Third President of the University of Iowa, 1862 — 1867
The first university president to be selected from the institution’s faculty, Oliver M. Spencer assumed duties at a time of great uncertainty, with the dual challenges of the Civil War and dire economic conditions.
An Ohio native, Spencer graduated from Ohio Wesleyan University and became a minister in the Methodist Episcopal church, later supervising seminaries in Ohio and Indiana. In 1860, at age 31, he joined the faculty of the University of Iowa as professor of ancient and modern languages. He also served throughout the administration of his predecessor, Silas Totten, as secretary to the faculty.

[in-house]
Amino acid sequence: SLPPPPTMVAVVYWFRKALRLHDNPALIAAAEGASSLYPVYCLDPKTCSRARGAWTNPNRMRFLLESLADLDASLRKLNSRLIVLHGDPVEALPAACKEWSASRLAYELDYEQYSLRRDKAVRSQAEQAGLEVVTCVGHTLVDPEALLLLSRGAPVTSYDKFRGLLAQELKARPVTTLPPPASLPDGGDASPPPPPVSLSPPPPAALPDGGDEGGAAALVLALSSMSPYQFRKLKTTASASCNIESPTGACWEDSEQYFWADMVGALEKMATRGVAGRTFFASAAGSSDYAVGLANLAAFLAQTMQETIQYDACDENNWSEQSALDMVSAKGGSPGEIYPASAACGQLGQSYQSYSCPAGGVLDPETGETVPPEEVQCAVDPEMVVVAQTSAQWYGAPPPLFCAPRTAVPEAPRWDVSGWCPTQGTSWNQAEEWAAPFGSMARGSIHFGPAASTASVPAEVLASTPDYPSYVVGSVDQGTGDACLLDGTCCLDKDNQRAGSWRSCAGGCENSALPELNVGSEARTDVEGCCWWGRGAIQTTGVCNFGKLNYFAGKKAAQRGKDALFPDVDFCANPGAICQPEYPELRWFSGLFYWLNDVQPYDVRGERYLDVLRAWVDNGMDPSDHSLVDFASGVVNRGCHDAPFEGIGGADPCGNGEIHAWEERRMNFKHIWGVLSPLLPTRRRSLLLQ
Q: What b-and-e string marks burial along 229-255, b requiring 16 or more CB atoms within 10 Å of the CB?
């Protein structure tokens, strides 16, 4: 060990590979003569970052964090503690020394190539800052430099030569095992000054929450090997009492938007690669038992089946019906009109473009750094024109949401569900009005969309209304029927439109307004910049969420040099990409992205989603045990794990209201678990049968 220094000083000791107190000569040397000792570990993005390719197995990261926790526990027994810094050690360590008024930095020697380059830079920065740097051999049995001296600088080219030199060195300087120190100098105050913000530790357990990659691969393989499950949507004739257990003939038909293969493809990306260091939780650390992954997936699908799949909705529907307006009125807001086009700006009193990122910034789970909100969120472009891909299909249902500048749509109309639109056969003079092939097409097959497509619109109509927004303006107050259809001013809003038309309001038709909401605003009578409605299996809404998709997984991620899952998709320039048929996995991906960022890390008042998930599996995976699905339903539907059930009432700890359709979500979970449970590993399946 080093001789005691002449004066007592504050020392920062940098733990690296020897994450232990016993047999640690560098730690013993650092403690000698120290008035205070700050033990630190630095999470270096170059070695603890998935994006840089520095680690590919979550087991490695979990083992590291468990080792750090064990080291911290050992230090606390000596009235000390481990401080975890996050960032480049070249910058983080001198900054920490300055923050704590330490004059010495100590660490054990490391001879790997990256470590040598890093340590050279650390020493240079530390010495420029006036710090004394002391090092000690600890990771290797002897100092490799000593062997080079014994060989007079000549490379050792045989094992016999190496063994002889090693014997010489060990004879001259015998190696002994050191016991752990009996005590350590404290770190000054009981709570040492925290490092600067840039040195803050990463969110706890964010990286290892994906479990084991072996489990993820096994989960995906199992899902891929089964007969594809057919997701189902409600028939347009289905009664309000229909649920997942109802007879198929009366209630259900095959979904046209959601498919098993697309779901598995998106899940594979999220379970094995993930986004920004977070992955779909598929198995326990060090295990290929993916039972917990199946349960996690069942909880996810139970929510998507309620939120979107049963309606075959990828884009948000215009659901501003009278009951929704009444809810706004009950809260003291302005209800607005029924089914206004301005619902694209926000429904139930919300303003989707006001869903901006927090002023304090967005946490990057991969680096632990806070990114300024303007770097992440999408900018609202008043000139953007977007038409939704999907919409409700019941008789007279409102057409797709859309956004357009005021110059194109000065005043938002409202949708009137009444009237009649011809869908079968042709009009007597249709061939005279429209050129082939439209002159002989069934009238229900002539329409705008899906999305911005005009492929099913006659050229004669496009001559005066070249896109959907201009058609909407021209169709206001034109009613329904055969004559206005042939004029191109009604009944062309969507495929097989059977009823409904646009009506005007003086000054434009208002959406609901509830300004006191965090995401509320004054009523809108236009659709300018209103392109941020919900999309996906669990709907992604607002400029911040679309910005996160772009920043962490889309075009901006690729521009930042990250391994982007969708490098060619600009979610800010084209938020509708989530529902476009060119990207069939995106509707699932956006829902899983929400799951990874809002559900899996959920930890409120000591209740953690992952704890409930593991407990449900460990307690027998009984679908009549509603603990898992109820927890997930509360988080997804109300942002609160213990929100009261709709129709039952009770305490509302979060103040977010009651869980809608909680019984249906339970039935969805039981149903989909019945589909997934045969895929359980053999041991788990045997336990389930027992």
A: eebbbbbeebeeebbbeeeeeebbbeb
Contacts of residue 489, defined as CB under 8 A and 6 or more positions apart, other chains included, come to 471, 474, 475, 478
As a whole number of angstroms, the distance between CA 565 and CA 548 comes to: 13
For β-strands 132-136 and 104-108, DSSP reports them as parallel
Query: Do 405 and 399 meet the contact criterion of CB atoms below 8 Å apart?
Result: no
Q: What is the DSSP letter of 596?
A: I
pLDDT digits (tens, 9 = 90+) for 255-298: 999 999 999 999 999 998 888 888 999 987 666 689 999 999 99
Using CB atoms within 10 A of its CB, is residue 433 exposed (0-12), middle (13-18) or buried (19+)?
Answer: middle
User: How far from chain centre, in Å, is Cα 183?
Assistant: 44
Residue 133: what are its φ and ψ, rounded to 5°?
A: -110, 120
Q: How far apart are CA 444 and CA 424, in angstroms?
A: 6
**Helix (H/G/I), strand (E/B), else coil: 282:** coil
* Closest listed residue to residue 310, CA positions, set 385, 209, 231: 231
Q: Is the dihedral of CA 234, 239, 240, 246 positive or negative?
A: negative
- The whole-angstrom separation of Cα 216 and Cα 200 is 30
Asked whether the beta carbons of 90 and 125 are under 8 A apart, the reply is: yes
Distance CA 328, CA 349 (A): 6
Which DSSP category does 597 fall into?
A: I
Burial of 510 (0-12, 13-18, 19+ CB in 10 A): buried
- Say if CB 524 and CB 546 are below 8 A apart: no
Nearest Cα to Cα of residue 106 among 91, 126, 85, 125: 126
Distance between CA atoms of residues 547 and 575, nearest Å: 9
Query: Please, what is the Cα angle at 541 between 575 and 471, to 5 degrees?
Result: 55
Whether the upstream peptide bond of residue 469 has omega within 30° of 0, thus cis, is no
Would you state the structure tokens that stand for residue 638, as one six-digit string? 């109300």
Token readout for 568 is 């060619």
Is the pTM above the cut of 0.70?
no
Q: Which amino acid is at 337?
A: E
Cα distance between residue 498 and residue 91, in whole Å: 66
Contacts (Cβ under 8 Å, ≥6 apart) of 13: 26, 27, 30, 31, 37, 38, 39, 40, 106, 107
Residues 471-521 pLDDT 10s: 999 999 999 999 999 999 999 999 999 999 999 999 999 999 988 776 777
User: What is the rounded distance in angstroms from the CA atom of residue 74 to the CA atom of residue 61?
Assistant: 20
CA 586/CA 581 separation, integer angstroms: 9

While president, Spencer encouraged stronger centralization of the university’s organization. The school’s financial fortunes improved and, as the Civil War came to a close, attendance and faculty appointments finally began to stabilize. In 1867, he resigned to accept appointment as U.S. consul to Genoa, Italy, a position he held until 1878. That year, he was promoted to the position of U.S. consul general at Melbourne, Australia. During this time, he also wrote for the Atlantic Monthly and Harper’s Monthly.
Spencer was born in Cincinnati, Ohio, in 1829, and died in Melbourne on July 27, 1895, at age 66.